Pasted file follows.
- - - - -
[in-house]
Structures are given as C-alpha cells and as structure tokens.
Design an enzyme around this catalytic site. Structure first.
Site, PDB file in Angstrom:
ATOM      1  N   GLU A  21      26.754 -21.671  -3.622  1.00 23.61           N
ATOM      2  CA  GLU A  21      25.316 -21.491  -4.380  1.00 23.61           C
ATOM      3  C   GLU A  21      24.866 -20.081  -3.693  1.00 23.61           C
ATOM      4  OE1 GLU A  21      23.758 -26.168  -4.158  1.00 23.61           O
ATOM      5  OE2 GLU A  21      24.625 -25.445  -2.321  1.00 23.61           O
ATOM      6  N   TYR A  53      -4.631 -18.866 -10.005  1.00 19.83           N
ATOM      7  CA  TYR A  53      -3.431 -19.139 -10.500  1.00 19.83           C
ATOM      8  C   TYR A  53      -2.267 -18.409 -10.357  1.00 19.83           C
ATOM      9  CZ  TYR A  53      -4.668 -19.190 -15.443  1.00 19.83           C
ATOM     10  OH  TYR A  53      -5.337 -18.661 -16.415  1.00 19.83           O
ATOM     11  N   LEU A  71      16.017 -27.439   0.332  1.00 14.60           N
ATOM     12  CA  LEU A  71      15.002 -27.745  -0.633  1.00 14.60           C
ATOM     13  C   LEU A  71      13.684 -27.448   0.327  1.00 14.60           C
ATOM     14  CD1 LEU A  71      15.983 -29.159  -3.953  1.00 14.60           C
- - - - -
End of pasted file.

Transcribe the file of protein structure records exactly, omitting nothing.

[in-house]
Structures are given as C-alpha cells and as structure tokens.
Design an enzyme around this catalytic site. Structure first.
Site, PDB file in Angstrom:
ATOM      1  N   GLU A  21      26.754 -21.671  -3.622  1.00 23.61           N
ATOM      2  CA  GLU A  21      25.316 -21.491  -4.380  1.00 23.61           C
ATOM      3  C   GLU A  21      24.866 -20.081  -3.693  1.00 23.61           C
ATOM      4  OE1 GLU A  21      23.758 -26.168  -4.158  1.00 23.61           O
ATOM      5  OE2 GLU A  21      24.625 -25.445  -2.321  1.00 23.61           O
ATOM      6  N   TYR A  53      -4.631 -18.866 -10.005  1.00 19.83           N
ATOM      7  CA  TYR A  53      -3.431 -19.139 -10.500  1.00 19.83           C
ATOM      8  C   TYR A  53      -2.267 -18.409 -10.357  1.00 19.83           C
ATOM      9  CZ  TYR A  53      -4.668 -19.190 -15.443  1.00 19.83           C
ATOM     10  OH  TYR A  53      -5.337 -18.661 -16.415  1.00 19.83           O
ATOM     11  N   LEU A  71      16.017 -27.439   0.332  1.00 14.60           N
ATOM     12  CA  LEU A  71      15.002 -27.745  -0.633  1.00 14.60           C
ATOM     13  C   LEU A  71      13.684 -27.448   0.327  1.00 14.60           C
ATOM     14  CD1 LEU A  71      15.983 -29.159  -3.953  1.00 14.60           C